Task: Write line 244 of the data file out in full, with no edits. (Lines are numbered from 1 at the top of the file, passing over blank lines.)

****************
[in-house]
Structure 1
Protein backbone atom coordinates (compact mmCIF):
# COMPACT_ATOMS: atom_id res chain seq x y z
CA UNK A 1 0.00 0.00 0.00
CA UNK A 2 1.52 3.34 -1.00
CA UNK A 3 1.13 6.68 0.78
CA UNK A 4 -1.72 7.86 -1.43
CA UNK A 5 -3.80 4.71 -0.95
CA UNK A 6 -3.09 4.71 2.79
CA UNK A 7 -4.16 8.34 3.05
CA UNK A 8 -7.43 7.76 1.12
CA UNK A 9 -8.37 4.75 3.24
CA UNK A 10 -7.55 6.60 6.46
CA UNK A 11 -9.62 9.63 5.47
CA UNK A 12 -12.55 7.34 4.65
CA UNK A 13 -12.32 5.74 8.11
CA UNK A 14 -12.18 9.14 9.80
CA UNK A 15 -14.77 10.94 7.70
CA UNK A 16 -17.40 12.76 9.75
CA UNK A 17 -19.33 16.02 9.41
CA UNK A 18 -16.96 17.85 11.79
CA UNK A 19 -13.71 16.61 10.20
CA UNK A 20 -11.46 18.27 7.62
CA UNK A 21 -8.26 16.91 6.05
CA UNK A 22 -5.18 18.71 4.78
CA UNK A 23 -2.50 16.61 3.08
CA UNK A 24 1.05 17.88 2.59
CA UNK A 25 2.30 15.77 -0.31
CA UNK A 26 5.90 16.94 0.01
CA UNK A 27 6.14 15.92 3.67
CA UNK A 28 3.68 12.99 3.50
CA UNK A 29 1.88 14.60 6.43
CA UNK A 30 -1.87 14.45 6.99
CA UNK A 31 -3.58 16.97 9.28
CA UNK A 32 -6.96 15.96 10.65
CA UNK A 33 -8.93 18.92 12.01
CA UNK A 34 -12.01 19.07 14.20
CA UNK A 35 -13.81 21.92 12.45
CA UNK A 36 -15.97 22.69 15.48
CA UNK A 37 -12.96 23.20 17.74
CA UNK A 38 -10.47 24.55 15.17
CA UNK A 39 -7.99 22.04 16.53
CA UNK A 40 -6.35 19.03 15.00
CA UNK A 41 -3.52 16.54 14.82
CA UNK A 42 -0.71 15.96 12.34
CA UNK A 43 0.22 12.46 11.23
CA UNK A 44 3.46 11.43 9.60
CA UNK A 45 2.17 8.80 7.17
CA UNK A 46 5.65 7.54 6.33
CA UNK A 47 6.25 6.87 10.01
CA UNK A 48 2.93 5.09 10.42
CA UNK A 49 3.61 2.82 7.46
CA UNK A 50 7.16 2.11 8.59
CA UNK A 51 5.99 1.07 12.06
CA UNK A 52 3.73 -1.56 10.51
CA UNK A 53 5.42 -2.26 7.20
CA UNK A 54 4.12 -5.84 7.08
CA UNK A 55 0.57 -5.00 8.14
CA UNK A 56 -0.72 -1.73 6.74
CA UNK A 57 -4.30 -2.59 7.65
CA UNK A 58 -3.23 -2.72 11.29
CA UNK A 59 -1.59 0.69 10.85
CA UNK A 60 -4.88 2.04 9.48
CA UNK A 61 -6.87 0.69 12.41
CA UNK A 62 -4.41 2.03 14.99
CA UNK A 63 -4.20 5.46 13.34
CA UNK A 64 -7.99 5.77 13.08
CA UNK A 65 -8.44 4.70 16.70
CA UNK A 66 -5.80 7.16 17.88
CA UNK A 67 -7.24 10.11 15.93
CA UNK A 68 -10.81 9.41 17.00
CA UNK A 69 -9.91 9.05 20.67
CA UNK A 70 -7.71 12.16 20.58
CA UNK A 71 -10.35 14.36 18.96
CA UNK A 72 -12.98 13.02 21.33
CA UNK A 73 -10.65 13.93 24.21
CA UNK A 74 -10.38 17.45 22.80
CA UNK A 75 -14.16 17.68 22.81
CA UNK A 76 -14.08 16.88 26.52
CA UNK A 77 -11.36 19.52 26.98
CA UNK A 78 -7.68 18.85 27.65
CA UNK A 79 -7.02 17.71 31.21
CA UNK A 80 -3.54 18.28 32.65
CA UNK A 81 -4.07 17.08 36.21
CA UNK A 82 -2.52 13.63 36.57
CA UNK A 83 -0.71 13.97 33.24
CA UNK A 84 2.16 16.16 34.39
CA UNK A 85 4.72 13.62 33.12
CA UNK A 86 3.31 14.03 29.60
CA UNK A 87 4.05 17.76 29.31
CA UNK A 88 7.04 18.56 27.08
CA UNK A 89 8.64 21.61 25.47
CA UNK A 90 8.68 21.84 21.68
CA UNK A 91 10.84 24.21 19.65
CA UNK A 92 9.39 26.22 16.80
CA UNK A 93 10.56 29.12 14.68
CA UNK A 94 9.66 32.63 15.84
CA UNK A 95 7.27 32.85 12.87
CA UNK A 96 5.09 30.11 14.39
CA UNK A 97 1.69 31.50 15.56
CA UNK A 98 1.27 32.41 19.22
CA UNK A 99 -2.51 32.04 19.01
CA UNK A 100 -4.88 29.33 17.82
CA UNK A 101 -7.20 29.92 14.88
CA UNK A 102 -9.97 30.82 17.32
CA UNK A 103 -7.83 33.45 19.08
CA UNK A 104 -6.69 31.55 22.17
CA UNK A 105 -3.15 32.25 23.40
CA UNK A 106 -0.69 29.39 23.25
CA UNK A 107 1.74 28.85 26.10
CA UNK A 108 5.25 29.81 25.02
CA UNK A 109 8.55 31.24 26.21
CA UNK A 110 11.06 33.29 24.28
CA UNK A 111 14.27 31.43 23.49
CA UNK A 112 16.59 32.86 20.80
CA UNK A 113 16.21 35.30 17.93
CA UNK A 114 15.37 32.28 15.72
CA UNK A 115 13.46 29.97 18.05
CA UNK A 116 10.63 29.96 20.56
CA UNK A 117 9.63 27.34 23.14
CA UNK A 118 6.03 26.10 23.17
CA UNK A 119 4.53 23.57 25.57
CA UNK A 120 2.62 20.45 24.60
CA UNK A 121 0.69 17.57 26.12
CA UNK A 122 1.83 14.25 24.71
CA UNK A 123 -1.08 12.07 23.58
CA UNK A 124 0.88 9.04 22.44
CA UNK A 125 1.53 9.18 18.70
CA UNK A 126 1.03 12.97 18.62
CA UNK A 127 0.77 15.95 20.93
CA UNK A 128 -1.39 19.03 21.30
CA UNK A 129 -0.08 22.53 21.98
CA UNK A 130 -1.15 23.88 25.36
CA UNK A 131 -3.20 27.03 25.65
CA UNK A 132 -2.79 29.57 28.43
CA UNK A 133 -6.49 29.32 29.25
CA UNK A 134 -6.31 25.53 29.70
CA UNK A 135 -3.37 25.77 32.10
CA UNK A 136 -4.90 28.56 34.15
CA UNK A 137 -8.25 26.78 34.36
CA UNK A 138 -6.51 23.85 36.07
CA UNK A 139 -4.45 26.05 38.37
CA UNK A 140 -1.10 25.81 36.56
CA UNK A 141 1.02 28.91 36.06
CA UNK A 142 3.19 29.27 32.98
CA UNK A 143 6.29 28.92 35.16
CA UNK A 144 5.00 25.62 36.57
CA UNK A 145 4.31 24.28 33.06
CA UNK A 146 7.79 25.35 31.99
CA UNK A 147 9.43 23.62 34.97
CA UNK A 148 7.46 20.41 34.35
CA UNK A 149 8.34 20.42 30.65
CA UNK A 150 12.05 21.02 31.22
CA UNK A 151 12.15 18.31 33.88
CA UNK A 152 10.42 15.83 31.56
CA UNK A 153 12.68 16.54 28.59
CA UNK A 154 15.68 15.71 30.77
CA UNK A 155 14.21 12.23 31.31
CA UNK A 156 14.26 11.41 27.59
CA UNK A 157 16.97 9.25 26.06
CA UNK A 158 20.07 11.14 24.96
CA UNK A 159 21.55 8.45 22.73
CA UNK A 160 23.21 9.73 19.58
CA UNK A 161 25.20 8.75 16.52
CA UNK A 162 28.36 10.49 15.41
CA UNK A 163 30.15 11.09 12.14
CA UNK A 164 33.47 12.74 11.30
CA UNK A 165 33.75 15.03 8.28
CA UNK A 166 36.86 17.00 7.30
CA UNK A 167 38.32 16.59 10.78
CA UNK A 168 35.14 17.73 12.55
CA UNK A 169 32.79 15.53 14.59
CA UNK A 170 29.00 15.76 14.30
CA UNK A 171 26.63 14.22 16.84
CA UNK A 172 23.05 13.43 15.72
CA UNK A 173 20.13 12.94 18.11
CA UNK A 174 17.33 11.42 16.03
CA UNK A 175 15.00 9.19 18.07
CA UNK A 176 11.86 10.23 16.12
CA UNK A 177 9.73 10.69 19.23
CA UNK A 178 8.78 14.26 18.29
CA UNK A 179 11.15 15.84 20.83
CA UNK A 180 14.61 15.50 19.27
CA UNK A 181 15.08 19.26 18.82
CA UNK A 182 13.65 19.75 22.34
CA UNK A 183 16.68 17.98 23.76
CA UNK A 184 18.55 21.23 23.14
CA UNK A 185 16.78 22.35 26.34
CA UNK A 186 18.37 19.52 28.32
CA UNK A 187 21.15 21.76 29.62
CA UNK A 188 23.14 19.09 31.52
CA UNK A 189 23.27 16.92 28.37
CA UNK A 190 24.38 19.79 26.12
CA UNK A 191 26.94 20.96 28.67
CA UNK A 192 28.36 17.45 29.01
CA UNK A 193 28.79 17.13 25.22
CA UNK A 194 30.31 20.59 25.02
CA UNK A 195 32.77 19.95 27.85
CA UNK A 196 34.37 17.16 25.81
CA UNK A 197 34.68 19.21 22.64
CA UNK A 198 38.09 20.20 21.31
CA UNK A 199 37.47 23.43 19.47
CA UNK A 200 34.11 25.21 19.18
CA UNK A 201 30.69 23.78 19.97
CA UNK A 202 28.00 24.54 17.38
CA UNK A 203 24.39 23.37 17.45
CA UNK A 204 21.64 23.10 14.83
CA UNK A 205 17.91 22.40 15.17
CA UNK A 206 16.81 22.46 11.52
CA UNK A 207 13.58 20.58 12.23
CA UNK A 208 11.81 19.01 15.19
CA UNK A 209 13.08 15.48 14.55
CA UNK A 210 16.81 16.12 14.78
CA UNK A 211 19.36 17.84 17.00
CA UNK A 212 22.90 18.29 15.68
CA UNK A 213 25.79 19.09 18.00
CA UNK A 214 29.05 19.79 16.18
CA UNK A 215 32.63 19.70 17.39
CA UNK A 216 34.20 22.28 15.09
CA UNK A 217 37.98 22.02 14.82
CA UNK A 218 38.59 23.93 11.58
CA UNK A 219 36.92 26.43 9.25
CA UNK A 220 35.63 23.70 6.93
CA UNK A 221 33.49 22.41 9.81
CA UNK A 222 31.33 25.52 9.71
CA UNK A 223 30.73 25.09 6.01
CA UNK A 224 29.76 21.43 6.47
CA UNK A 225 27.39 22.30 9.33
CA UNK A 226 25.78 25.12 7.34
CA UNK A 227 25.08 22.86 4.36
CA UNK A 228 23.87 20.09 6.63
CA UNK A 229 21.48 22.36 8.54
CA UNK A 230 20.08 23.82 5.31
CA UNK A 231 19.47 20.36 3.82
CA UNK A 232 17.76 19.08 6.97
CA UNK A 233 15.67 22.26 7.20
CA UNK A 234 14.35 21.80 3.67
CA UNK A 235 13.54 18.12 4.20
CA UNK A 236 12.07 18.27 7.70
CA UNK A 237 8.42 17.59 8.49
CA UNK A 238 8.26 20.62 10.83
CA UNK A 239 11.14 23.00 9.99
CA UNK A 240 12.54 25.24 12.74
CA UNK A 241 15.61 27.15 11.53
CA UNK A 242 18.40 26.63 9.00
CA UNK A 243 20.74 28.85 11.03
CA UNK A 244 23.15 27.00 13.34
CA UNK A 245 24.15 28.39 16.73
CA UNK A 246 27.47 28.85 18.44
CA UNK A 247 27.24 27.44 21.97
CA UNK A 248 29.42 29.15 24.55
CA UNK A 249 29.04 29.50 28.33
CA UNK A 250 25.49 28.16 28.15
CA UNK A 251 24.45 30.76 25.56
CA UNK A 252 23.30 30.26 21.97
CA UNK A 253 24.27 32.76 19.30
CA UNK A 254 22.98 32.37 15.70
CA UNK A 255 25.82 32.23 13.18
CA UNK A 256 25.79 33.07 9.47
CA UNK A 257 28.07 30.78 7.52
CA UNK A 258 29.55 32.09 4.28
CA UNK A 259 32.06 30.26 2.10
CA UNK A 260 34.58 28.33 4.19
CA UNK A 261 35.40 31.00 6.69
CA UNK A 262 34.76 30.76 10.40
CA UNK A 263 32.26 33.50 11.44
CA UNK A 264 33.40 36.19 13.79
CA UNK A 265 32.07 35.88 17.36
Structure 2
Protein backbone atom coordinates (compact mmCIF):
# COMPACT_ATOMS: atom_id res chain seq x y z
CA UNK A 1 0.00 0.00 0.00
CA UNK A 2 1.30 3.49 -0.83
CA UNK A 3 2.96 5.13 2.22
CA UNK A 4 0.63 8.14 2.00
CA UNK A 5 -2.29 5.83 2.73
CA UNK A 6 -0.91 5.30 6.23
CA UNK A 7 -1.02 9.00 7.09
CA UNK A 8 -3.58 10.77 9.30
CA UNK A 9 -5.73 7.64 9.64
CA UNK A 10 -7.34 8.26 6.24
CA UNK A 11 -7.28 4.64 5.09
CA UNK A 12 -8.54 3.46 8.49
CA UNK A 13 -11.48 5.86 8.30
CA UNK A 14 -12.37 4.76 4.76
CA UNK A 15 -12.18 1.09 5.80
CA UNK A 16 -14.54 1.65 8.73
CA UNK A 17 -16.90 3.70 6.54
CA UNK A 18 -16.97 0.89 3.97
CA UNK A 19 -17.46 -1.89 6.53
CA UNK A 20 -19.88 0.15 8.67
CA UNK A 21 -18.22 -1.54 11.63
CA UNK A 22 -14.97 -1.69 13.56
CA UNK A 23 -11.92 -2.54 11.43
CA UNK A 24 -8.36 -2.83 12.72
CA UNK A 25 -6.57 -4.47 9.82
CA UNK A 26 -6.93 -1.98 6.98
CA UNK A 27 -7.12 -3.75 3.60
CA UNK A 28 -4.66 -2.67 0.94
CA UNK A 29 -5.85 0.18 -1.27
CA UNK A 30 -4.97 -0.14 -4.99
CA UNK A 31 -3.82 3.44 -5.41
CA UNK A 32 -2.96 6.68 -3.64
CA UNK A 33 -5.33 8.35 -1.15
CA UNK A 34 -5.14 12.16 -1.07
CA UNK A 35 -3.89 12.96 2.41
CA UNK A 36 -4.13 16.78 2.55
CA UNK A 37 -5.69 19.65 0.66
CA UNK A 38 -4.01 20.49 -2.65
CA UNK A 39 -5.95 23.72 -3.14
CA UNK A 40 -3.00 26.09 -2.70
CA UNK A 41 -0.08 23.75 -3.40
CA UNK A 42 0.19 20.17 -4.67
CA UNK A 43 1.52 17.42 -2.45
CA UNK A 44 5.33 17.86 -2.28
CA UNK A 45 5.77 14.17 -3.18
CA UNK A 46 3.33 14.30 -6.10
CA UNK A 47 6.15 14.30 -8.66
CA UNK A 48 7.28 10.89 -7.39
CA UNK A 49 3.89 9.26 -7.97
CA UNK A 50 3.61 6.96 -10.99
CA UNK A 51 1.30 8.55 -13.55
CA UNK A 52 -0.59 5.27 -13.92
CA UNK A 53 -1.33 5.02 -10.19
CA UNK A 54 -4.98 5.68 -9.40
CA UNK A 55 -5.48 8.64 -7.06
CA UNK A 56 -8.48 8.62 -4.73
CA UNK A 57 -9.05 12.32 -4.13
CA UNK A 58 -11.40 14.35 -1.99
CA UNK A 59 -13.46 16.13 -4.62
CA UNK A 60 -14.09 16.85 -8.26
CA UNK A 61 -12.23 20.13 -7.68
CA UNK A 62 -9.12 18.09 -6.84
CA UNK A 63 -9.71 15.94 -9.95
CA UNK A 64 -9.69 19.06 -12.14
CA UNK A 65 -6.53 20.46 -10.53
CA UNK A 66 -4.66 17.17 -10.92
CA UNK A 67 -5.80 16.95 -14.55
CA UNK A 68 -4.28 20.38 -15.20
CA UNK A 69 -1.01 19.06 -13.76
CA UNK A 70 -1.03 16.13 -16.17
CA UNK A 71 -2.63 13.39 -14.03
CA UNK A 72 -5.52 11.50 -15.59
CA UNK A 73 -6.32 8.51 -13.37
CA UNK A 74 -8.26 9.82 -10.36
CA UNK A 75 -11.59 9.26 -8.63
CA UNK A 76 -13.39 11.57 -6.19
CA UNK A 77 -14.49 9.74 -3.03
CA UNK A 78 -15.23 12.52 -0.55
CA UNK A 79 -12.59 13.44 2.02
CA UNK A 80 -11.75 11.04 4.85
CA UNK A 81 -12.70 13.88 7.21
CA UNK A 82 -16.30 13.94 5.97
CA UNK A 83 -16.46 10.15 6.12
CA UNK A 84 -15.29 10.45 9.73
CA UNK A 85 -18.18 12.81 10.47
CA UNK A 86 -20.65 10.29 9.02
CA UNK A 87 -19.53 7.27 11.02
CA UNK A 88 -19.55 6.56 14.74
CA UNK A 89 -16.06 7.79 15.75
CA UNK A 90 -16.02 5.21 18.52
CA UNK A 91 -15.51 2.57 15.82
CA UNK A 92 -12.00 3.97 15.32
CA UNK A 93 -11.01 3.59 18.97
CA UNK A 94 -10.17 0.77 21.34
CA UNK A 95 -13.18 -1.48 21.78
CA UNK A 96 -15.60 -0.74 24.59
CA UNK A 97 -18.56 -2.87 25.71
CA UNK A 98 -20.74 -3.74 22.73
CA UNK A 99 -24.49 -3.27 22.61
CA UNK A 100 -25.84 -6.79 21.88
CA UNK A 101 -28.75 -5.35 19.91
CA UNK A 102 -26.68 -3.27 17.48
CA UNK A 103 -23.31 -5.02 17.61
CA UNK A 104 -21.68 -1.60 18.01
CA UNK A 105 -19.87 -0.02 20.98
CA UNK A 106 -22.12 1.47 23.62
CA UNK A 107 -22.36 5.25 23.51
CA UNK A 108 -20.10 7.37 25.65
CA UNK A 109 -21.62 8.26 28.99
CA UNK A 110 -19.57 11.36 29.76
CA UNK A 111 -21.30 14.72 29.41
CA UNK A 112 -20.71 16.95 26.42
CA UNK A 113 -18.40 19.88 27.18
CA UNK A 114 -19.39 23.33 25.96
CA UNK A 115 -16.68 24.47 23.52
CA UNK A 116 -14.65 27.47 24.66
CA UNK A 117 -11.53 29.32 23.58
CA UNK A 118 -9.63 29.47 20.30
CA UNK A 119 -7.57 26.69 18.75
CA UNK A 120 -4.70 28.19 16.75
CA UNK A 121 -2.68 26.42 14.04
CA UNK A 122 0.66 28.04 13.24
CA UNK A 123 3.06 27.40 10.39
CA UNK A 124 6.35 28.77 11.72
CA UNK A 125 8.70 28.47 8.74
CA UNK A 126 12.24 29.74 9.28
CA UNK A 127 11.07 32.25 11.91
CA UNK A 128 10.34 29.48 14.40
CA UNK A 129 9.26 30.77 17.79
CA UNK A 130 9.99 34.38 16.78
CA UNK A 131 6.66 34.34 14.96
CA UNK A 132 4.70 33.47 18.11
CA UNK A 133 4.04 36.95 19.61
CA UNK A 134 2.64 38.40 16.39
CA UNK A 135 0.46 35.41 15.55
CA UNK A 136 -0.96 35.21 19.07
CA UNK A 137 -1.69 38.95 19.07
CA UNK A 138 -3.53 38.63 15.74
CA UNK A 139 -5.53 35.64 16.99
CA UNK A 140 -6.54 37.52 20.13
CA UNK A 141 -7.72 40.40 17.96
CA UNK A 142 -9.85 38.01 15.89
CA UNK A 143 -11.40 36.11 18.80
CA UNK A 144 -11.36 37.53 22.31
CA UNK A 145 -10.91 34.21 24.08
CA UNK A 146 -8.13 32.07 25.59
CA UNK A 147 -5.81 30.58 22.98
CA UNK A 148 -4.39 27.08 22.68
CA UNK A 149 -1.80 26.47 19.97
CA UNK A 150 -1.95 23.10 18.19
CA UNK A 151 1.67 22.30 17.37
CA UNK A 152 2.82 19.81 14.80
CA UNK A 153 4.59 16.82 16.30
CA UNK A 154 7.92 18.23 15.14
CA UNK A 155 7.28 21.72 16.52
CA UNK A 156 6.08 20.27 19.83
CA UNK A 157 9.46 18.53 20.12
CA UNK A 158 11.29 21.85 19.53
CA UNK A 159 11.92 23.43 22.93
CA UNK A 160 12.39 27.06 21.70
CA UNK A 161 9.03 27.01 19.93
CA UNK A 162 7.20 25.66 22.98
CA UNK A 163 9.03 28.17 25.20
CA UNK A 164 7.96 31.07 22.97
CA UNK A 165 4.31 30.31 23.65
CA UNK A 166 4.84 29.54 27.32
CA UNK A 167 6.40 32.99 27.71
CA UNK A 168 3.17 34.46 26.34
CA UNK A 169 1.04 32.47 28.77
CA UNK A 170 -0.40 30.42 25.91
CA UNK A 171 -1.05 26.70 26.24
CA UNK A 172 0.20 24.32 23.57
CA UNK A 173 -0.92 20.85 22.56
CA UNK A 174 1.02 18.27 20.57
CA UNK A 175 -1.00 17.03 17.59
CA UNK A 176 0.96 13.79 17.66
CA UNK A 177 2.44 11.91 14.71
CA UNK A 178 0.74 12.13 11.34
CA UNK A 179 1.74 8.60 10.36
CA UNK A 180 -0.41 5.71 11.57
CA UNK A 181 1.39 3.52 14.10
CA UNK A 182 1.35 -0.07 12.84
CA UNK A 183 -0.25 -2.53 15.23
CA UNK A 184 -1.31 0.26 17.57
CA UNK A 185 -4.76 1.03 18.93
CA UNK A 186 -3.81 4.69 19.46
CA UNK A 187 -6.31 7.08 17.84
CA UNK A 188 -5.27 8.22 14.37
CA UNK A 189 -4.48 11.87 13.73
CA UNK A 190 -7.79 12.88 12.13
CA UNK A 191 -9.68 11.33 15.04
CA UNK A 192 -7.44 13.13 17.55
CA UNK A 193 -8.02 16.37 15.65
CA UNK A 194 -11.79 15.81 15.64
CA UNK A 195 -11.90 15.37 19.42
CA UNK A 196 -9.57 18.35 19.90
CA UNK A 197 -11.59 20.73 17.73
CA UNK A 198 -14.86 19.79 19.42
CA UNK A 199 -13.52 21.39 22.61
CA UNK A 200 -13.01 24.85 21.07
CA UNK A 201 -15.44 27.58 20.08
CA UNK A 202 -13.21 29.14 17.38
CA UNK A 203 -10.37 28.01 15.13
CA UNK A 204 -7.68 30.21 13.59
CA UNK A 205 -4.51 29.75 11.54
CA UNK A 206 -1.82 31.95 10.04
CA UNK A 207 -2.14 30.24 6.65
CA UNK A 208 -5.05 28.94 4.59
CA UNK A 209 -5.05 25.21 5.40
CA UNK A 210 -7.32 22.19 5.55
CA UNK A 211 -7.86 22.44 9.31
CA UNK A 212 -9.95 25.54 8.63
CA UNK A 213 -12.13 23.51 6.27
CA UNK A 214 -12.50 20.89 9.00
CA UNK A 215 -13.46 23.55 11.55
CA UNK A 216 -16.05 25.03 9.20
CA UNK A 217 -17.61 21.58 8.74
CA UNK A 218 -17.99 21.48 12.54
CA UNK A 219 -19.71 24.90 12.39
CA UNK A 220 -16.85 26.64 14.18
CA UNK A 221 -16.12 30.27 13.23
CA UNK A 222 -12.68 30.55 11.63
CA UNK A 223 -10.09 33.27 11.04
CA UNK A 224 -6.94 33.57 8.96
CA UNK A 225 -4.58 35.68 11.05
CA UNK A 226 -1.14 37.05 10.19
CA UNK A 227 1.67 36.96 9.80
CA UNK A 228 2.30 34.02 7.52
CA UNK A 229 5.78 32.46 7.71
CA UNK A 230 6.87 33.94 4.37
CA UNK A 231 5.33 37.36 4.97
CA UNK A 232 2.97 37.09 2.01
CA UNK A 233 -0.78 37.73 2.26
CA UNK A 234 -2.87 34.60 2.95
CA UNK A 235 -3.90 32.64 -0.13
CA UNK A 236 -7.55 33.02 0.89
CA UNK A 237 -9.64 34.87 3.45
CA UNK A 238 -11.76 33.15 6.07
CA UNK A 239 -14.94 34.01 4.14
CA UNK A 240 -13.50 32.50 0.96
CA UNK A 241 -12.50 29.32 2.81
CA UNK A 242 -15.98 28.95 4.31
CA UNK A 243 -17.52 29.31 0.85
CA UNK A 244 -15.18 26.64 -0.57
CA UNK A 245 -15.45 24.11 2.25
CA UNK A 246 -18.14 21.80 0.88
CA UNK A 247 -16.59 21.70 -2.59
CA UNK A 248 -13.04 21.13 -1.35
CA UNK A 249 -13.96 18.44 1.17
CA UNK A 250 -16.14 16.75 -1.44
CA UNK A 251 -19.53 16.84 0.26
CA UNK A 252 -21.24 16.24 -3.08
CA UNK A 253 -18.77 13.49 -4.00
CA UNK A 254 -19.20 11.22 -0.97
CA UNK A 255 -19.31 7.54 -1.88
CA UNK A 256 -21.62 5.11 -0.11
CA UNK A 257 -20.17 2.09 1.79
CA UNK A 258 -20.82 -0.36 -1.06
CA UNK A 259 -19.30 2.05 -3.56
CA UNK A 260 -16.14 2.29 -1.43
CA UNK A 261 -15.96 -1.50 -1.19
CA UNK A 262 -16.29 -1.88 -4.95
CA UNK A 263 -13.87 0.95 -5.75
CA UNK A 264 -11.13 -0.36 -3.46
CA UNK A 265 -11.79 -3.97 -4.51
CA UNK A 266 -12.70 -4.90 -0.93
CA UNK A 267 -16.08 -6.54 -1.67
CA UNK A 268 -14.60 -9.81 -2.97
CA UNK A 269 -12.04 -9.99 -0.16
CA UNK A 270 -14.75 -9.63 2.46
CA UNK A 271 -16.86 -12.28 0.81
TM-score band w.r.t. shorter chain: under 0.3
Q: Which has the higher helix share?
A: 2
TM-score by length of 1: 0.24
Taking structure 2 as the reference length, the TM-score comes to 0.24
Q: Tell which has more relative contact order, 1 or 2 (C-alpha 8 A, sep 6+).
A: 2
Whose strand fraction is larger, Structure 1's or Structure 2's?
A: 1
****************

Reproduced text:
CA UNK A 240 12.54 25.24 12.74